Show More


Sociology Illustrated

August 3, 2009

As comic books have matured, so, too, have millions of readers. Some entered careers as writers and directors, adapting their favorite comic stories to different media. Kelley J. Hall, associate dean of academic affairs and associate professor of sociology at DePauw, adapted them to the classroom. Rather than focus on the medium itself – only one of her courses, Comics and American Society, has done so – she uses comics to teach sociological principles.

"Whereas an English professor would look at a comic's narrative structure, or an art professor might look at the perspectives of its drawings, I look at themes of identity within comics," Hall explains.

Her interest in comic books began when she was 13 years old, while sharing them with her brother during long car trips. Her hobby continued as she matured, even if it wasn't especially popular among her peers. "When I would go to Lansing with friends," she says, "I would have to confess that I read comics because I always visited the comic shop there." It wasn't until graduate school that Hall looked at comic books as an object of study.

Hall recalls, "At that time in comic books, the trend was for the young, hot artists to break out and start their own comic books. They drew scantily clad women and huge, muscular men – lots of stereotypical imagery. I decided it would be interesting to look at how those comics depicted women and what that reflected about our society."

hall_kelley.jpgWhen she arrived at DePauw, Hall began using the X-Men comics to examine prejudice and violence used against a group of people perceived to be different. Following research into real-life discriminatory policies of the past, Hall's students would apply the readings by role-playing a hearing about a piece of legislation that would require mutants – X-Men's protagonists – to register themselves with the government.

"Giving students this make-believe, pretend social stratification gets them talking about inequalities and making connections to their own experiences without leaping right into the really difficult topics of race or sexual orientation," Hall says. "When we start to talk about the tough issues, I hope they will be more comfortable talking with each other, and will have built rapport and can speak openly."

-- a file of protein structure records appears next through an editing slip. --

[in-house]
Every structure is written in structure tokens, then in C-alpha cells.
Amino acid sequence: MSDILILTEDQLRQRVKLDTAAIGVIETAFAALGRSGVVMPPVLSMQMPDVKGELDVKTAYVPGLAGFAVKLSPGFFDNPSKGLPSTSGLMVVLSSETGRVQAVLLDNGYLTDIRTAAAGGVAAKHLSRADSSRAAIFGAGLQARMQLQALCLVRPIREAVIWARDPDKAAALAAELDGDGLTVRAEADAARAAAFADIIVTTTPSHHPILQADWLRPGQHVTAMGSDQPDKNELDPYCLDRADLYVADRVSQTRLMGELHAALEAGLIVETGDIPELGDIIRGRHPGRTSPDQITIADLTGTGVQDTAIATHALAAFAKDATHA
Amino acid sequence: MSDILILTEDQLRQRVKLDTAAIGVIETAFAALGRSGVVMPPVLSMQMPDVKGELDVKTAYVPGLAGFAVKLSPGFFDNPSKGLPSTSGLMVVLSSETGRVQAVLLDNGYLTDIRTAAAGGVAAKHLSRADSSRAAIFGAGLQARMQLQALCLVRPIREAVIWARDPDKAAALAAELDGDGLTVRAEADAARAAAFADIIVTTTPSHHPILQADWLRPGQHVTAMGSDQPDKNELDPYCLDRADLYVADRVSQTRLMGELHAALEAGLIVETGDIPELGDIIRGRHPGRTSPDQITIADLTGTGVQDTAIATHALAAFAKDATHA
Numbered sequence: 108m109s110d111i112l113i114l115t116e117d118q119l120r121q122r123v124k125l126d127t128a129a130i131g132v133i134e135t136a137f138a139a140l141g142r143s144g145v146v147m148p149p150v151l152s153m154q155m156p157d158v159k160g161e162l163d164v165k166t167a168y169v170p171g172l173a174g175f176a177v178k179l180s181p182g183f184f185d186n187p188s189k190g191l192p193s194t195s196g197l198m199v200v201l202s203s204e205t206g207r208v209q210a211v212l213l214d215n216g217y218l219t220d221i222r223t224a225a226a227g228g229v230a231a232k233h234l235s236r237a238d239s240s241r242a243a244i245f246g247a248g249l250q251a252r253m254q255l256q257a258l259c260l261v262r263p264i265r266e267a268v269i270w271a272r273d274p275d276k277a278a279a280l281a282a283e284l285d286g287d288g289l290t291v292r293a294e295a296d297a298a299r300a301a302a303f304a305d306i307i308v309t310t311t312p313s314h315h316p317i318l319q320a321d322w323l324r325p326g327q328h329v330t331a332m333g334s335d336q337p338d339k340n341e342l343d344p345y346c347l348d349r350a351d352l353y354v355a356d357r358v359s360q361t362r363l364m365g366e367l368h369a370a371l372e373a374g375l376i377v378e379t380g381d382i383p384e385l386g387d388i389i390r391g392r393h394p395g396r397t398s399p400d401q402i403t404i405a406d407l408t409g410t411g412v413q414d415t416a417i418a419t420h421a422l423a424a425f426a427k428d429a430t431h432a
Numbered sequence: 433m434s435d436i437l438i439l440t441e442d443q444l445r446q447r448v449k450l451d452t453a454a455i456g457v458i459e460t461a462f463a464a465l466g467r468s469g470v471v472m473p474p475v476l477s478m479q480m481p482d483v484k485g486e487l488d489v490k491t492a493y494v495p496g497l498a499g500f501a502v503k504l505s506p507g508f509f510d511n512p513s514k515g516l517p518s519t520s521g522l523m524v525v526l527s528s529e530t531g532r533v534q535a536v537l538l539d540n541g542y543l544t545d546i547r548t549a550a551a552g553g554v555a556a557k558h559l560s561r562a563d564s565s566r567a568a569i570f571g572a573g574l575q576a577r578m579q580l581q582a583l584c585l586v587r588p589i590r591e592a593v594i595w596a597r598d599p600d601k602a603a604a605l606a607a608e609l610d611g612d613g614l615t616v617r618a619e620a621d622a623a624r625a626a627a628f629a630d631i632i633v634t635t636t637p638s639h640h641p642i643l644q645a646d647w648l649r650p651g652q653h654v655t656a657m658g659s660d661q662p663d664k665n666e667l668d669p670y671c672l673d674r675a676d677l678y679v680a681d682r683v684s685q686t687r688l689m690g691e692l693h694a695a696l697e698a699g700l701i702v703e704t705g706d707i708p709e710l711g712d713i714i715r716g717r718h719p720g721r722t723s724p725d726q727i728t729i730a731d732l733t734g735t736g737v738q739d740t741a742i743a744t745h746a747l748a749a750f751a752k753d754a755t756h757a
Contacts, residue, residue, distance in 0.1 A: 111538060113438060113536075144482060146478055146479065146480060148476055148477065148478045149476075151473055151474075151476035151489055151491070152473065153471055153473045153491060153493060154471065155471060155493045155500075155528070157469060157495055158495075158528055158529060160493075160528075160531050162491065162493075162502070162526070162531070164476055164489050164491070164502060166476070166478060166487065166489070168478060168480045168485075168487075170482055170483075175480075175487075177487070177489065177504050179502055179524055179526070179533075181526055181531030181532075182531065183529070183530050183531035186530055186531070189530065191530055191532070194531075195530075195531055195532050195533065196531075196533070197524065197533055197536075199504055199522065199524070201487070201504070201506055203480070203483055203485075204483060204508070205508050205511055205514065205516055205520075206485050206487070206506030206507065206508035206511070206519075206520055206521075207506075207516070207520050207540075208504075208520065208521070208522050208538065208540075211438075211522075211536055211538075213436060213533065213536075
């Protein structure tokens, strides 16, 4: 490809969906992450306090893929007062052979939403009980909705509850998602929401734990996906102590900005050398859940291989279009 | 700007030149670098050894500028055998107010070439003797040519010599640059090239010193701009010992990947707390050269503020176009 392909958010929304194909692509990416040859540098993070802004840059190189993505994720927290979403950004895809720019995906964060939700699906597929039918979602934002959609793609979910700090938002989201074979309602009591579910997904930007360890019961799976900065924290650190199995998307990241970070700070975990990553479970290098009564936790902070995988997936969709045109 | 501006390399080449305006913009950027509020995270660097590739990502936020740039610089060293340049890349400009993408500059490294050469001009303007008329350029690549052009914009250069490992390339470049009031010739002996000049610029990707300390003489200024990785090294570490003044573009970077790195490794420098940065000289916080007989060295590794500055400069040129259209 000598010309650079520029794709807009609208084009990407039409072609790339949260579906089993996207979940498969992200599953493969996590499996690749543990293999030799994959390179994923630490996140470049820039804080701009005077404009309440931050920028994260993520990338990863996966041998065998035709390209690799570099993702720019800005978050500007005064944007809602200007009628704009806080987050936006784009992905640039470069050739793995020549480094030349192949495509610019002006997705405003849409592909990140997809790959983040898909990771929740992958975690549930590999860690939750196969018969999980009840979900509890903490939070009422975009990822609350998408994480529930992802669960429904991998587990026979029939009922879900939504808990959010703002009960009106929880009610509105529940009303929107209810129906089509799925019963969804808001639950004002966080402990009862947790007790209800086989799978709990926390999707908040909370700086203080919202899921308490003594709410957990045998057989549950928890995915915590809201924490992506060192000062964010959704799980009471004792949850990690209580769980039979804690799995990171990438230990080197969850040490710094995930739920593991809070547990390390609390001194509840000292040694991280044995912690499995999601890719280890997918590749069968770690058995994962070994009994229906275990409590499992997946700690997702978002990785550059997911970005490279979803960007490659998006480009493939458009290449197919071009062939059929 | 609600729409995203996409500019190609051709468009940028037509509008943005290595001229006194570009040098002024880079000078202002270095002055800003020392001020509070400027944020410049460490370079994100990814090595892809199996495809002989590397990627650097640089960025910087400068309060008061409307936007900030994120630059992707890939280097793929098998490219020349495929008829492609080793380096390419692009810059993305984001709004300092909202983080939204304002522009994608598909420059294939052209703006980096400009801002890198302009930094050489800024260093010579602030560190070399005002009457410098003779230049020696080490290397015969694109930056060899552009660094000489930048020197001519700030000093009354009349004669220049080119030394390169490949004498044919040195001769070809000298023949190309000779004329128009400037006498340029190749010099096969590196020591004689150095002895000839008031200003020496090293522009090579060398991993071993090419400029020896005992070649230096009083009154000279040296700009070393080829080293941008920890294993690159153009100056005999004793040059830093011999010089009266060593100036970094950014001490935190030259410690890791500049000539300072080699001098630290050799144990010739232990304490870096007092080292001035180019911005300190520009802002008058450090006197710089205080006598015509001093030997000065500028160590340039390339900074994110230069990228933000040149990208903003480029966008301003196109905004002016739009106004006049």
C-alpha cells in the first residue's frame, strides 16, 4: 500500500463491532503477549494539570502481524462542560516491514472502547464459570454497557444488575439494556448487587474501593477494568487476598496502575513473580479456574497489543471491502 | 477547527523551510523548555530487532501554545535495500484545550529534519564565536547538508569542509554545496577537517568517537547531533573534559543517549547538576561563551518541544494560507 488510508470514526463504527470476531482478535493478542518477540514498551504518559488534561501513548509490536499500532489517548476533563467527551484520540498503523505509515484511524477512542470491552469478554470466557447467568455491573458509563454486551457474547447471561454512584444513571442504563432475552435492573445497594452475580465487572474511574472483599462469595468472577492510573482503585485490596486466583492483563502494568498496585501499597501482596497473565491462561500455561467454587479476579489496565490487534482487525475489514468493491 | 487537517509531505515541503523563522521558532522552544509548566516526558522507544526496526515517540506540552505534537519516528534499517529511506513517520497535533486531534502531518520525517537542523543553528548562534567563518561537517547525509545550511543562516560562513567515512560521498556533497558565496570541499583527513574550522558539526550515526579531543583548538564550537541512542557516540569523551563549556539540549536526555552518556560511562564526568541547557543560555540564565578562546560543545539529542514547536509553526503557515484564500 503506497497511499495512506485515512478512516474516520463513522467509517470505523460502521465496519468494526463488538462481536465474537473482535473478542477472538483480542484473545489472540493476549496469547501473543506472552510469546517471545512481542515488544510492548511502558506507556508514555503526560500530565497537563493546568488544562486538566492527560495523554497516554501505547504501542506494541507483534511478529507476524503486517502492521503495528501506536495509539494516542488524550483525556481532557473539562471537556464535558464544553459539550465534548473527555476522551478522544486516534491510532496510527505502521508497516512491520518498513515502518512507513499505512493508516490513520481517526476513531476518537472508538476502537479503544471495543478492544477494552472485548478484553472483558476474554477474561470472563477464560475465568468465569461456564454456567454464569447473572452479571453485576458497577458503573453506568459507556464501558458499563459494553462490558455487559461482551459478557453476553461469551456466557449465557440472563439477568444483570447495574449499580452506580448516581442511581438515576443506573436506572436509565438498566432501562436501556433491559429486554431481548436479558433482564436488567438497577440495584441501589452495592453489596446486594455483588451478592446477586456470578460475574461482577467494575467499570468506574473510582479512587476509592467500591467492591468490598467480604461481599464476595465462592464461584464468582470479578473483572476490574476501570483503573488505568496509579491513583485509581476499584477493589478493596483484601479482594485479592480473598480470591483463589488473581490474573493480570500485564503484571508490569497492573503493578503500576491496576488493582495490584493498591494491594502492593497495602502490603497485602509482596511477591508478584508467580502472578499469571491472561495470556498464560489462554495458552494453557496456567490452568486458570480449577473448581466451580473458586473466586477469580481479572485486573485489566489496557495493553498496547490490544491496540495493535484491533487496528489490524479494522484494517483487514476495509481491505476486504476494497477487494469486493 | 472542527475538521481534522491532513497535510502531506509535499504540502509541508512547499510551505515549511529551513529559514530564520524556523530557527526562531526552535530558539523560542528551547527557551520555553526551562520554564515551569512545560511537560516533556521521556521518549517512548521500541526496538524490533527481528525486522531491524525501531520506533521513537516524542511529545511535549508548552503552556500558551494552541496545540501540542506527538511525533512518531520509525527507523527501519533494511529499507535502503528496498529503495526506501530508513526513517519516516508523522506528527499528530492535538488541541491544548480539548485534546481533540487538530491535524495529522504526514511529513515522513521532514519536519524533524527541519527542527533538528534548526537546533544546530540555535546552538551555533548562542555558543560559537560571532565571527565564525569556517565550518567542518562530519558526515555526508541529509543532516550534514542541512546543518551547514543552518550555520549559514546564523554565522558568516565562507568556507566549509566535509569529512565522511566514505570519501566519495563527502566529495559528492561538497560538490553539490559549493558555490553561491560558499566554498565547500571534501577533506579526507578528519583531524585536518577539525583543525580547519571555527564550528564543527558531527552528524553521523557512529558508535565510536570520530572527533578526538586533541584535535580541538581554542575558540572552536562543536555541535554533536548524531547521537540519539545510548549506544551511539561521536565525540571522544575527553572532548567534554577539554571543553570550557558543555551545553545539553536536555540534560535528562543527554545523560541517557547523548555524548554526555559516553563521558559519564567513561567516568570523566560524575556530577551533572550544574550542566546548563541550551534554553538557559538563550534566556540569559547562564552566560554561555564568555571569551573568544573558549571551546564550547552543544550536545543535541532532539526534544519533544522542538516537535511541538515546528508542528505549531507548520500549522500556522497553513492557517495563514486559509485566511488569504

The X-Men comic books are suitable material for a course on sociology. Since the series' introduction in the 1960s, discrimination has become its main theme. Plot points in the comics have mirrored many contemporary issues, such as Jim Crow laws during the series' beginnings and HIV/AIDS in the 1980s. "I can't say for certain that the writers were doing this specifically, but sociologically speaking, it's not hard to apply X-Men to real events," Hall says.

Hall's comic book readings – and the comic format itself – aren't limited to struggling superheroes. Her upcoming first-year seminar, Introduction to Women's Studies, will use Marjane Satrapi's Persepolis, an autobiographical account of growing up during and after Iran's 1979 Revolution. Hall has also used Fun Home: A Tragicomic by Alison Bechdel, who visited DePauw in spring 2009. Bechdel's comic revisits her relationship with her father, a closeted gay man who committed suicide. Because of its graphical presentation, Hall believes the story is especially effective in communicating the author's experience.

"When you're reading Fun Home, you read and see Bechdel's memories of her father, his meticulous restoration of their home and maintenance of the secrecy surrounding his sexuality," Hall says. "She creates an incredibly detailed picture and you really understand him, at least through her eyes."

These non-fiction and historical comic books have both broadened the medium's appeal and garnered important praise. Time named Bechdel's Fun Home the best non-fiction book of 2006, and New Yorker cover artist Art Spiegelman, who visited DePauw in 2001, received a Pulitzer Prize for his holocaust comic Maus.

Critical respect for comic books has made their presence in academia more visible, and no more so than in Hall's office. Superhero figurines stand guard over sociological texts on her shelves, along with comic posters and magnets that cover her walls and filing cabinets. More than simple reminders of her hobby and academic interest, the decorations have played a role in Hall's duties as associate dean of academic affairs.

"There was a time when I thought, I need to take down all these comics and be a professor and an administrator," Hall says. "However, when I deal with students with academic difficulties, the comic book references seem to click. They give us something to talk about. Once I figured that out, it didn't take very long to decide to keep them up."

Back